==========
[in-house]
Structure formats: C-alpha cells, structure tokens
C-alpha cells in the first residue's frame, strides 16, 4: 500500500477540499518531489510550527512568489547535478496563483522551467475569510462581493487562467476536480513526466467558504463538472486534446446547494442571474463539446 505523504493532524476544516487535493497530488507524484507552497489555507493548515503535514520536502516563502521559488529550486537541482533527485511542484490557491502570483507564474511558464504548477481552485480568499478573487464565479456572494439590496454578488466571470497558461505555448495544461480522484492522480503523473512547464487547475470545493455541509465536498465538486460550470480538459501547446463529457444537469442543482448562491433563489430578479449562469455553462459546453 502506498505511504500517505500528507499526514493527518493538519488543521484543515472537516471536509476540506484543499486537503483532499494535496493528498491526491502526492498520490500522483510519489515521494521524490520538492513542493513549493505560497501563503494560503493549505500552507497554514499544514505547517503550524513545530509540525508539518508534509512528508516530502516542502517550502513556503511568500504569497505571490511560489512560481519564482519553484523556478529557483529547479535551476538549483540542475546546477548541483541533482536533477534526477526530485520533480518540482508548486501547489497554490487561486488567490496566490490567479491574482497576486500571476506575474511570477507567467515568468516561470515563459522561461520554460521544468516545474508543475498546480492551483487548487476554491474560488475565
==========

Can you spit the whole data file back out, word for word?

[in-house]
Structure formats: C-alpha cells, structure tokens
C-alpha cells in the first residue's frame, strides 16, 4: 500500500477540499518531489510550527512568489547535478496563483522551467475569510462581493487562467476536480513526466467558504463538472486534446446547494442571474463539446 505523504493532524476544516487535493497530488507524484507552497489555507493548515503535514520536502516563502521559488529550486537541482533527485511542484490557491502570483507564474511558464504548477481552485480568499478573487464565479456572494439590496454578488466571470497558461505555448495544461480522484492522480503523473512547464487547475470545493455541509465536498465538486460550470480538459501547446463529457444537469442543482448562491433563489430578479449562469455553462459546453 502506498505511504500517505500528507499526514493527518493538519488543521484543515472537516471536509476540506484543499486537503483532499494535496493528498491526491502526492498520490500522483510519489515521494521524490520538492513542493513549493505560497501563503494560503493549505500552507497554514499544514505547517503550524513545530509540525508539518508534509512528508516530502516542502517550502513556503511568500504569497505571490511560489512560481519564482519553484523556478529557483529547479535551476538549483540542475546546477548541483541533482536533477534526477526530485520533480518540482508548486501547489497554490487561486488567490496566490490567479491574482497576486500571476506575474511570477507567467515568468516561470515563459522561461520554460521544468516545474508543475498546480492551483487548487476554491474560488475565